Manila: After imposing taxes on sugary drinks, the Philippines may impose taxes on food with high salt content, to curb certain diseases, officials say.

According to the Philippines’ Department of Health (DOH), non-communicable diseases (NCDs) account for a large part of health costs for Filipinos.

A survey conducted in 2015 found that the average daily salt intake of Filipinos is more than double the recommendation of the World Health Organisation (WHO).

Coupled with this is the fact that 43 per cent of adults are not sufficiently physically active, with women at higher risk of physical inactivity than men.

“Unhealthy choices such as these increase the risk of multiple forms of cancer, heart disease, stroke, diabetes and chronic respiratory diseases as well as negatively impacting blood pressure, body weight, blood sugar levels and blood lipids. However, through increasing awareness and modifying behaviors, NCDs are largely preventable,” Health Secretary Francisco Duque III said.

Duque said that such risks could be lowered by taxing food with high salt content — like the government did in 2018, when it adopted the law that imposes higher taxes on drinks and beverages with high sugar content such as soft drinks.

“The same strategy might work also for excessive consumption of salt, we did the same thing for taxing sugars and beverages so it might be the most effective way to go,” he said.

“Consuming salty food is just too much, and it’s already proving to be of negative consequence and impacting on the health of our people. That’s really a cause for concern,” Duque said.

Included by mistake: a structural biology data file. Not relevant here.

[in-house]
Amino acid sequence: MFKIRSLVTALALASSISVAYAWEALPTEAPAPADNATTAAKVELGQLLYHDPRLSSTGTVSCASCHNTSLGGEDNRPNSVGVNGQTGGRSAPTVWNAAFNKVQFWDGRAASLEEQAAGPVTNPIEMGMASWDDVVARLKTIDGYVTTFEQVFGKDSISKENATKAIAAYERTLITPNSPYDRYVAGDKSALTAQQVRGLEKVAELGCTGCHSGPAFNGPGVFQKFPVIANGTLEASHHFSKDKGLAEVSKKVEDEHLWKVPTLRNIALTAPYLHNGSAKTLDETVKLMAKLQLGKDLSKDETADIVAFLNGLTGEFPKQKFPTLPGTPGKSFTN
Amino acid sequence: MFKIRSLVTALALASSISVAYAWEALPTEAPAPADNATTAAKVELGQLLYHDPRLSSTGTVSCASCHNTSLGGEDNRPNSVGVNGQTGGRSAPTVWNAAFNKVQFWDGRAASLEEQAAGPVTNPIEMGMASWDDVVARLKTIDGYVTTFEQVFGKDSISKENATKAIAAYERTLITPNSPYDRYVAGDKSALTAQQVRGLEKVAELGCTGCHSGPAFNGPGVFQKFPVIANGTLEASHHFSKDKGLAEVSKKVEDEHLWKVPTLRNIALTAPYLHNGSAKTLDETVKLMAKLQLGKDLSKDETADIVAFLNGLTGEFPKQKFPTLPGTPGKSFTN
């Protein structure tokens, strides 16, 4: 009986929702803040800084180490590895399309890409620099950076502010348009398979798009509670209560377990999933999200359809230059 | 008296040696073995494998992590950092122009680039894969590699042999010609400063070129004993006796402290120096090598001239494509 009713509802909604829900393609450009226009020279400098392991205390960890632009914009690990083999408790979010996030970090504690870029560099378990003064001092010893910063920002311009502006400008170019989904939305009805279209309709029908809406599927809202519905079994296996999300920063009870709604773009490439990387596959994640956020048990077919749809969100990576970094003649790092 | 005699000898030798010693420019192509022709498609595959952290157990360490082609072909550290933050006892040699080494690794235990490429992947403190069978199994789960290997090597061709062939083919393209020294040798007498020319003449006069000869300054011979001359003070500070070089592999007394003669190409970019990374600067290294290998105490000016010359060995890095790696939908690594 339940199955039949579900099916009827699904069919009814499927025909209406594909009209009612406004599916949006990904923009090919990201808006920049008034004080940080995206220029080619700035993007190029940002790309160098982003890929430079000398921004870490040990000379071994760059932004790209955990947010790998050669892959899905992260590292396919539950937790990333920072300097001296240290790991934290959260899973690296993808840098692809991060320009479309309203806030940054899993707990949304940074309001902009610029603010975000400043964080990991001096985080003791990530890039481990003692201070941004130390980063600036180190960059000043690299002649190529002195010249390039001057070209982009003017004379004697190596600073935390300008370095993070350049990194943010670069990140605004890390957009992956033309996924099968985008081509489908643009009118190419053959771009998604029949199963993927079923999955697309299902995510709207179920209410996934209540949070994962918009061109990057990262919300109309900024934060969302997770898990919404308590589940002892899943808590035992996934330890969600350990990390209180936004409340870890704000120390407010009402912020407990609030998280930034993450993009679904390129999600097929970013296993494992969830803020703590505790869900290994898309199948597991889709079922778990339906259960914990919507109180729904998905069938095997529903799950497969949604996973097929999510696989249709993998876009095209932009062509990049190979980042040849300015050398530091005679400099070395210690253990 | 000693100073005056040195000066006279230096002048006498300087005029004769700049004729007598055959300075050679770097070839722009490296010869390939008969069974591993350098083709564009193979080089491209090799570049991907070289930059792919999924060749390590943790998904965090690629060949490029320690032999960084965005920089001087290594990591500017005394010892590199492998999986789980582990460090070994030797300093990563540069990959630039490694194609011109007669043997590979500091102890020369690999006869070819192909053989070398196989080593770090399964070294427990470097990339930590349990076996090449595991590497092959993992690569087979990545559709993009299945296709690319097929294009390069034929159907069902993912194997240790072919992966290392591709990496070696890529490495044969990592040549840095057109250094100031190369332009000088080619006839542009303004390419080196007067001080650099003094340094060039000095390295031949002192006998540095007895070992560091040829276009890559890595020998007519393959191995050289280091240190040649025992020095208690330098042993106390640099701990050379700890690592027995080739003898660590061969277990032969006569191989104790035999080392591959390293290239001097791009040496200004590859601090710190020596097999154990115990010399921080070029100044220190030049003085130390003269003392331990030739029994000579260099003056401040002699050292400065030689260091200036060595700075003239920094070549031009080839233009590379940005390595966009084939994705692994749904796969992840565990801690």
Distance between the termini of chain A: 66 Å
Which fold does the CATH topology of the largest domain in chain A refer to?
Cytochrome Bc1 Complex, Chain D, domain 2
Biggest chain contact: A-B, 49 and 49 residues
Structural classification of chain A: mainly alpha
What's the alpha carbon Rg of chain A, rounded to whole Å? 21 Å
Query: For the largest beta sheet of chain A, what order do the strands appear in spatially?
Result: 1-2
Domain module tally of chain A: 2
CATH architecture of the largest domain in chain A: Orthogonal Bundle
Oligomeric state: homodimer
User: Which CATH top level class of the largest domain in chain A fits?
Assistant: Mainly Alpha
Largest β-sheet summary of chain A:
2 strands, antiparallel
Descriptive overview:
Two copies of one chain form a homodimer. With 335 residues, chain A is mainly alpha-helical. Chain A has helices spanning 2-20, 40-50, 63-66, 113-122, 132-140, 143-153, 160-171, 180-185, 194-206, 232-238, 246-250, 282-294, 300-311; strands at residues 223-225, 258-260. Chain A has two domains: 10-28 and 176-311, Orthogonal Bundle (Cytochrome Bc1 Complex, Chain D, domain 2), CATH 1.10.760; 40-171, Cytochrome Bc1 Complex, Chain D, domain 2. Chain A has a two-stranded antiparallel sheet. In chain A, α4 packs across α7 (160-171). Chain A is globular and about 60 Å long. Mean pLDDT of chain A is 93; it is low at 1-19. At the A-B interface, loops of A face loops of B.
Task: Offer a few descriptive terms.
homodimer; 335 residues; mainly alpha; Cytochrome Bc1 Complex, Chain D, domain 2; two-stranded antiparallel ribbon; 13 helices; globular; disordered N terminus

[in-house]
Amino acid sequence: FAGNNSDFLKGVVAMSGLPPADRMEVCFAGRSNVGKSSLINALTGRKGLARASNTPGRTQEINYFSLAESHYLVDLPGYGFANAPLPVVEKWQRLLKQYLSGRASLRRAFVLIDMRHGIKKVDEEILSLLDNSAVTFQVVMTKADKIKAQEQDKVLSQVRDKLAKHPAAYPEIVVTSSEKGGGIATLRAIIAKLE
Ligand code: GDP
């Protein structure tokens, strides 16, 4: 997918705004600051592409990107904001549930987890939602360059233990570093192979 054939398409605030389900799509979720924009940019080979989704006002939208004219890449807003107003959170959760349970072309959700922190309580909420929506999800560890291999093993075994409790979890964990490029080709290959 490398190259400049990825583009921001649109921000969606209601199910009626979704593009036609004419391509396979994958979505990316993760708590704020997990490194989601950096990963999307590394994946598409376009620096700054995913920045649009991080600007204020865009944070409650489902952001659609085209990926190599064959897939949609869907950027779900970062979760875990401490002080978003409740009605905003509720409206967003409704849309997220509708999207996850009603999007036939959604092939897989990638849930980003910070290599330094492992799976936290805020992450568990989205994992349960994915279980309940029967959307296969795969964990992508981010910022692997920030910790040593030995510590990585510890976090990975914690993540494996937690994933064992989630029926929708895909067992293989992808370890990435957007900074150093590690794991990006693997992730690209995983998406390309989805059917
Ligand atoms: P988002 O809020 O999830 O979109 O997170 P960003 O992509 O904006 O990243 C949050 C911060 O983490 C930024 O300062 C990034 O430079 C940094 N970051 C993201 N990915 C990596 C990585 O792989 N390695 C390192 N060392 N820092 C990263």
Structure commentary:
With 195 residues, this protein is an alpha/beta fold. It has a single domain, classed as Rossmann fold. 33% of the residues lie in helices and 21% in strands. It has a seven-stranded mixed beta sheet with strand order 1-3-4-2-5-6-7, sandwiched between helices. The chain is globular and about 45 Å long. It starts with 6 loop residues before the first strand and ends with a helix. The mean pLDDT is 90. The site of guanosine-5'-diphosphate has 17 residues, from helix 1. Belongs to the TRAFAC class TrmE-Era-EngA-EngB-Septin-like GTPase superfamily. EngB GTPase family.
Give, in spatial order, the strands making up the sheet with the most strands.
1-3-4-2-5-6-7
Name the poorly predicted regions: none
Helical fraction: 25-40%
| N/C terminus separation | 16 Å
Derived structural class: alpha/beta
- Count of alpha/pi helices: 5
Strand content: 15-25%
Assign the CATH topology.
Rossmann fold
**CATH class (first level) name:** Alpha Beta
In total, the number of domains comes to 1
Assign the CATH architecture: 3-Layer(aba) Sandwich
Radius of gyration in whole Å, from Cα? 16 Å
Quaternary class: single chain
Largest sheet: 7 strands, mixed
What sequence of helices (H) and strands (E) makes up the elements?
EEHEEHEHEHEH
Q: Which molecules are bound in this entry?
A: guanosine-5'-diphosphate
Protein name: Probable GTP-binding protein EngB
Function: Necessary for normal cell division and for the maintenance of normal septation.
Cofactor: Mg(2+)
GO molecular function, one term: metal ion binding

However, not everyone agrees with the plan to tax food with high salt content.

Senator Panfilo M. Lacson said imposing higher taxes on such food items could hit hard on the common folk, whose typical diet involve consuming dried fish, a commodity which has a good shelf life because its high salt content aids in preventing spoilage.

Filipinos love eating “daing” and “tuyo” also because it is affordable.

Lacson said if government plans to tax “tuyo” and “daing” it should think twice because such a move will put the poor at a further disadvantage.

“There are many health hazard foods on the table of the rich and affluent, they should set their sights on taxing those,” Lacson said.

Representative Bienvenido Abante, the House Minority Leader, likewise said that taxing dried fish would be putting more burden on the shoulders of the poor.

“Doesn’t our Cabinet Secretaries have better things in mind than to tax the poor more,” he said.

On the other hand, the Department of Health said reducing the salt content on food that Filipinos eat could save 164,251 lives during a 15-year period.